Thomas F. Miles, Attorney and Counselor at Law
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If banks refuse fair repayment, personal bankruptcy can result

California residents can fall into financial turmoil through a number of events, many of which are outside the scope of their control. No one turns to bankruptcy in order to walk away from financial obligations that they could otherwise repay. However, when good faith repayment efforts fail, personal bankruptcy is often the only solution that makes sense.

As an example, if a consumer has a bank loan that has fallen into arrears, he can contact the bank to ask for restructuring of that loan. The bank can work out a new payment plan, or they can refuse to discuss any modification of the original lending terms. That leaves the borrower with little choice but to search for other debt relief options.

Waiting things out is unlikely to improve this scenario. If the consumer waits long enough, the bank could sue. A court might rule in favor of the lender, which can lead to wage garnishment to recover the debt. That leaves the borrower with even fewer funds to cover living expenses or address other debt.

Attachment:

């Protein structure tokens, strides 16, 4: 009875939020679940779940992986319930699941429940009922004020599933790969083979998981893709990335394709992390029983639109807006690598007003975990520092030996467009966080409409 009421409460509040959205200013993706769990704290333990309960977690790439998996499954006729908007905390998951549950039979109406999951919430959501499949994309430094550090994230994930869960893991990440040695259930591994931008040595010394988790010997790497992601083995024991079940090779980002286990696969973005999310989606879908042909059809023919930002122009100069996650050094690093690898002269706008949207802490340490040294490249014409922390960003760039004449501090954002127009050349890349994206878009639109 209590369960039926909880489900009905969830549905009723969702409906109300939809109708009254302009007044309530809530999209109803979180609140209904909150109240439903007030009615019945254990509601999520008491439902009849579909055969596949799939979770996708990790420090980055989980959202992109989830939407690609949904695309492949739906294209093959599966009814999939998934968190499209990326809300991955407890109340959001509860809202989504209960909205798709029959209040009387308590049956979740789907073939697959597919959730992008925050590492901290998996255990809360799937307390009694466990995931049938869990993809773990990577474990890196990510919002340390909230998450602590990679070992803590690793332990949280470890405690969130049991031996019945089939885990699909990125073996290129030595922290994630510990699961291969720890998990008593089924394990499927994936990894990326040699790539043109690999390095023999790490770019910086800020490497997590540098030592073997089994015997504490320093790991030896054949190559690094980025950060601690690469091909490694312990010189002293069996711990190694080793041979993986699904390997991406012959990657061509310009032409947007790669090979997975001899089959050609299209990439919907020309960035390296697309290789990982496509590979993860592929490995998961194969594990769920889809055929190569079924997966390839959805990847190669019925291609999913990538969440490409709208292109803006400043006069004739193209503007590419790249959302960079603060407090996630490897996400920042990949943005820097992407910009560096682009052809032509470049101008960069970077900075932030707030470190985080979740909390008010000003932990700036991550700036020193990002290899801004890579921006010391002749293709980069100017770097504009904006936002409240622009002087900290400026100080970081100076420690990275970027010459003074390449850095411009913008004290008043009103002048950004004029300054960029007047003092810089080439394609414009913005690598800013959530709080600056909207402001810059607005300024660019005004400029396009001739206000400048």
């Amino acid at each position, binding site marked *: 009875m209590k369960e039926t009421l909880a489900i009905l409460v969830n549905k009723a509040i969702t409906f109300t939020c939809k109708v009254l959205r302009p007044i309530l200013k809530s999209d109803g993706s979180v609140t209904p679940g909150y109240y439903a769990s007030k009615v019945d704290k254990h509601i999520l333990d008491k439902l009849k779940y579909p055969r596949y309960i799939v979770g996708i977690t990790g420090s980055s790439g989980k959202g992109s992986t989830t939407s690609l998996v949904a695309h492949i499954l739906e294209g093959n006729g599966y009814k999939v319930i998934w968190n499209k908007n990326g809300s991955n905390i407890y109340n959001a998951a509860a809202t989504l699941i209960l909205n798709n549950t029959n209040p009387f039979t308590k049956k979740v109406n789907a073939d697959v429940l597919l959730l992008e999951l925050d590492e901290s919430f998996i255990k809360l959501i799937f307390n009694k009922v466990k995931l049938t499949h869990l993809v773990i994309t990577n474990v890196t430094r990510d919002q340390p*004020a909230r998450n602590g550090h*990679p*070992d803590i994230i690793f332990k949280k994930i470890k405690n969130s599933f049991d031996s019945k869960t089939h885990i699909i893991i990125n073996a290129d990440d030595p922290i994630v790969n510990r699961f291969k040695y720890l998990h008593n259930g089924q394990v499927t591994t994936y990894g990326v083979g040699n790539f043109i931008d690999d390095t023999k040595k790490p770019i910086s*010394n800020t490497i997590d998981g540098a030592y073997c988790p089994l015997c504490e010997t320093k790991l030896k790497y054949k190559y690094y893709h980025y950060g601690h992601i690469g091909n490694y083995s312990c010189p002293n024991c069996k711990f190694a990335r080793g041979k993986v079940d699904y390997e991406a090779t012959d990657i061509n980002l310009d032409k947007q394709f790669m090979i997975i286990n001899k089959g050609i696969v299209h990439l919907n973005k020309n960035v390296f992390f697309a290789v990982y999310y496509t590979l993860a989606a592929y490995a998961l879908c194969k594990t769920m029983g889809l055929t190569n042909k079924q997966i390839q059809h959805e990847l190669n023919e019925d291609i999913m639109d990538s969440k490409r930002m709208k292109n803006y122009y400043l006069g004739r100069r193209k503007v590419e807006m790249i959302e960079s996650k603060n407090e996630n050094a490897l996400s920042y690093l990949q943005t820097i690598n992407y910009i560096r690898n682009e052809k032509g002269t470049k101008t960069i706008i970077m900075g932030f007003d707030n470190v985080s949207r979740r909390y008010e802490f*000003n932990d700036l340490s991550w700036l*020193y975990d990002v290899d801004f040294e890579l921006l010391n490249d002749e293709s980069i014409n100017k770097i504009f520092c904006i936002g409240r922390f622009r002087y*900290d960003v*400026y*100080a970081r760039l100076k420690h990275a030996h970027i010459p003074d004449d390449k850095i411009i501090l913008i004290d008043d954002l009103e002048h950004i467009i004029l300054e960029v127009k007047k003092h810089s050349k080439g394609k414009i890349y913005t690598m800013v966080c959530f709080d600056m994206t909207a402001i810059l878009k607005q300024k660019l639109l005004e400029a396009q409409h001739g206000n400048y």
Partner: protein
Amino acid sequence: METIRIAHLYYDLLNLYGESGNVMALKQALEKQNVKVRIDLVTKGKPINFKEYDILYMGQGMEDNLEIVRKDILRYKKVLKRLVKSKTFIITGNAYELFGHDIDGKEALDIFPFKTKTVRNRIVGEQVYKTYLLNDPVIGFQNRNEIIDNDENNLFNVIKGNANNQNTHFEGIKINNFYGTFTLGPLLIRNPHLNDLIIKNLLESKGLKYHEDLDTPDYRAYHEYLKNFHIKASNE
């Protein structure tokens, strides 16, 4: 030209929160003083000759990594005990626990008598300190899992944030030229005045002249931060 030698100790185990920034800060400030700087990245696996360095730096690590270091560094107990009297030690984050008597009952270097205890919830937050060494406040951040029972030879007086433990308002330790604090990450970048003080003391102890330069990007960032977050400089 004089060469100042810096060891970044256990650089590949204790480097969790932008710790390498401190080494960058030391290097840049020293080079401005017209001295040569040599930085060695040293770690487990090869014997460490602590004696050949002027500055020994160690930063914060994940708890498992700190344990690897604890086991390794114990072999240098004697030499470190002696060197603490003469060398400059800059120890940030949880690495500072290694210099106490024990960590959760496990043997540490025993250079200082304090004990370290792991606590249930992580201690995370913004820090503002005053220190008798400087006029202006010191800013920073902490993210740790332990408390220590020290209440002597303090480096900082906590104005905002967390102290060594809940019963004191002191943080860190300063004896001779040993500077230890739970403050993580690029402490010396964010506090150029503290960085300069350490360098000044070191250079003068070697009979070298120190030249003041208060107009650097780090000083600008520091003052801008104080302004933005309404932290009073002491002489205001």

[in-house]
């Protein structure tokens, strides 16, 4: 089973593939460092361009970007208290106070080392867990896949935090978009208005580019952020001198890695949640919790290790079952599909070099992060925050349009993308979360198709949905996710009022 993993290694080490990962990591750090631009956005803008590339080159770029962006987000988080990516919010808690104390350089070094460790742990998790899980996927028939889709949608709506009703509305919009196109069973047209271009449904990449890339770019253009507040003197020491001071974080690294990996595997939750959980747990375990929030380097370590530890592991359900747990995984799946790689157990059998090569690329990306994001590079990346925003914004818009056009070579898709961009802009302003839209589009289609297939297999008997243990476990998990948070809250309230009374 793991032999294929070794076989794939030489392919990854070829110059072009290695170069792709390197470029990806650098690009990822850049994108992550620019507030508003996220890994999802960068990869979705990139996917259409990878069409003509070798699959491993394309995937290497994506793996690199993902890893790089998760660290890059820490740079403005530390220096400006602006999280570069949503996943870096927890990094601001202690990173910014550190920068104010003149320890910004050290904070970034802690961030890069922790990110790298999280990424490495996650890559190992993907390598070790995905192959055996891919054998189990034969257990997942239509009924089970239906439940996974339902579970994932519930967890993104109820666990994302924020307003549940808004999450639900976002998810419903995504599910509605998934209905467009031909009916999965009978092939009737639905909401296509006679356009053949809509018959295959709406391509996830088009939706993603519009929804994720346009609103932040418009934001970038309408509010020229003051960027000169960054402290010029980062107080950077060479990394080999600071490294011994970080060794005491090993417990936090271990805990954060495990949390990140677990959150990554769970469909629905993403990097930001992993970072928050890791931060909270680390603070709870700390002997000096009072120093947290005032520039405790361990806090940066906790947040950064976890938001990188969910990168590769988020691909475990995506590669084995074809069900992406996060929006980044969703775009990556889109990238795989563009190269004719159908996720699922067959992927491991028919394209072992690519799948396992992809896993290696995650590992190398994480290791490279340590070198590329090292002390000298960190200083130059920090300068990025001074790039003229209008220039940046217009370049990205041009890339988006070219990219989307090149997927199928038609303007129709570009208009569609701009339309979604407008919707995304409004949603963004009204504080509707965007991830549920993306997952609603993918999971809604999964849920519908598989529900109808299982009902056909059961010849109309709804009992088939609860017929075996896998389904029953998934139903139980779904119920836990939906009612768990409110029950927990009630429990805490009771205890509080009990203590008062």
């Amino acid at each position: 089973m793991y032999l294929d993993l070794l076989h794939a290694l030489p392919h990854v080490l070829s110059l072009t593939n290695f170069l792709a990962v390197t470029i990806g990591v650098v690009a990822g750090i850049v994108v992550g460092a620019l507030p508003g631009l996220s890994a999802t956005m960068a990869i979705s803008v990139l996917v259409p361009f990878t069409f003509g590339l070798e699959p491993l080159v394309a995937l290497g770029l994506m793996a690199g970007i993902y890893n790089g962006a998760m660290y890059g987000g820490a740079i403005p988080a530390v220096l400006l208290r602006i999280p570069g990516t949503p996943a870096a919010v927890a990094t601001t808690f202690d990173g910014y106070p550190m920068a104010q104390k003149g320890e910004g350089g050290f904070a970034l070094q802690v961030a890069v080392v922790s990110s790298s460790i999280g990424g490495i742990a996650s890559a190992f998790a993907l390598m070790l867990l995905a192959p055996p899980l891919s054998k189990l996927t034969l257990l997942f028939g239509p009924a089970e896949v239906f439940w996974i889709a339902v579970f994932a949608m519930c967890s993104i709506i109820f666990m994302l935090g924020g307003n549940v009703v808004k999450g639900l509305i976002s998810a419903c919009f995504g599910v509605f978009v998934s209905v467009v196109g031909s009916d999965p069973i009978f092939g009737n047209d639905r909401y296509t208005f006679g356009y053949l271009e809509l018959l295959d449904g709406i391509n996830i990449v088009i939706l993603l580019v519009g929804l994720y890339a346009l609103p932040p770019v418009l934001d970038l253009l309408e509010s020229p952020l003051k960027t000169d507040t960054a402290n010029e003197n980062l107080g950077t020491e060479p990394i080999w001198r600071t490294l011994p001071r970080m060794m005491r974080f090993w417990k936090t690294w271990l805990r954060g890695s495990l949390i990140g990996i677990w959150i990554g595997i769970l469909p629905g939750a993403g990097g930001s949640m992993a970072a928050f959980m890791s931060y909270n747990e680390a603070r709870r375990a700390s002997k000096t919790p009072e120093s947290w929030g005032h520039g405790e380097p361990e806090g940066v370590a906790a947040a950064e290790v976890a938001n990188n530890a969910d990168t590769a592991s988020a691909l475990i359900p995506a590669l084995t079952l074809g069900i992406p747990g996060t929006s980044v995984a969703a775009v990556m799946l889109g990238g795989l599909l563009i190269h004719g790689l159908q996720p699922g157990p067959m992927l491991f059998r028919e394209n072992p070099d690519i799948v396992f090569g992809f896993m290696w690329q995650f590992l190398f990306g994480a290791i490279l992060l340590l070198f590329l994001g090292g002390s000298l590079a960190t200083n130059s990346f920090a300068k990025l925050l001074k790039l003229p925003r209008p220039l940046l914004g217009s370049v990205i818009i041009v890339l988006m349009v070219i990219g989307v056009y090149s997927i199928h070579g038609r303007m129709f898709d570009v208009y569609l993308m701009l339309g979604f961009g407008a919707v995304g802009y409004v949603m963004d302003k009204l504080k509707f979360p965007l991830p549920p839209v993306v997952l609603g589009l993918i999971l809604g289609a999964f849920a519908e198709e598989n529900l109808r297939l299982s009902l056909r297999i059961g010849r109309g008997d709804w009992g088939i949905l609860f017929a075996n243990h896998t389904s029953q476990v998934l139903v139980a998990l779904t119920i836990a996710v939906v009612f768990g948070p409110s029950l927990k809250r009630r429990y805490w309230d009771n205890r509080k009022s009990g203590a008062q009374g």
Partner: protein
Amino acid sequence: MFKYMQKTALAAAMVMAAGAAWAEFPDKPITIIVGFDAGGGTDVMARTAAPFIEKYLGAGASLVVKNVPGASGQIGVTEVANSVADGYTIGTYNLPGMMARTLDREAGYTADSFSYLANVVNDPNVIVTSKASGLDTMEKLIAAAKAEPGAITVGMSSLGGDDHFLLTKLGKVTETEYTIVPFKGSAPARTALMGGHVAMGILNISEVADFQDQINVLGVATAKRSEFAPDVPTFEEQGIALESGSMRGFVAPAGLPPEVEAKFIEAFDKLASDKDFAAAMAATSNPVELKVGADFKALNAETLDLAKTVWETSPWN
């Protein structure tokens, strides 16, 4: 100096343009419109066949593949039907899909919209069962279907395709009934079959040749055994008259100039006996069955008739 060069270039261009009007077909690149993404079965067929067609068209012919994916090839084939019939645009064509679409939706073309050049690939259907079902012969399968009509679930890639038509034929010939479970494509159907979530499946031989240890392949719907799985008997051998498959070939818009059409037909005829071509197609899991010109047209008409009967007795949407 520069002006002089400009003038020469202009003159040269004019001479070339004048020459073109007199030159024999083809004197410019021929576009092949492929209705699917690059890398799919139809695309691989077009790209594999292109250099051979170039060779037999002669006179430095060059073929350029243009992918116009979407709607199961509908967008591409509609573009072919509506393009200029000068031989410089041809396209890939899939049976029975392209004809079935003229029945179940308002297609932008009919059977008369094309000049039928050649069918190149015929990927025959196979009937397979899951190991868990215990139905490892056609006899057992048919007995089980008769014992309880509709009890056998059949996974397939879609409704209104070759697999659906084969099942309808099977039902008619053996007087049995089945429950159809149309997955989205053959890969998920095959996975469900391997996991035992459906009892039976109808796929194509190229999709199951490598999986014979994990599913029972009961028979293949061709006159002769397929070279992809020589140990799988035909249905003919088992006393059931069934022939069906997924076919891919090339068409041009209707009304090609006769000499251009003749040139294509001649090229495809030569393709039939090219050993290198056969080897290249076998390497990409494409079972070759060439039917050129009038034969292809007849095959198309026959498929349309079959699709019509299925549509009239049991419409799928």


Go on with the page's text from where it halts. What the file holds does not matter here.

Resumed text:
In such cases, the only reasonable course of action that remains is to seek the elimination of those debts by means of personal bankruptcy. Many California residents who have sought that resolution look back and wish that they had made that choice far earlier in the process. There is no need to wait until one has been sued to pursue bankruptcy relief; that option is viable as soon as it becomes apparent that repayment is not going to be a possibility.

Source: The Huffington Post, "My Bank Won't Work With Me So I Can Pay My Debt", Steve Rhode, Jan. 13, 2016

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Thomas F. Miles, Attorney and Counselor at Law
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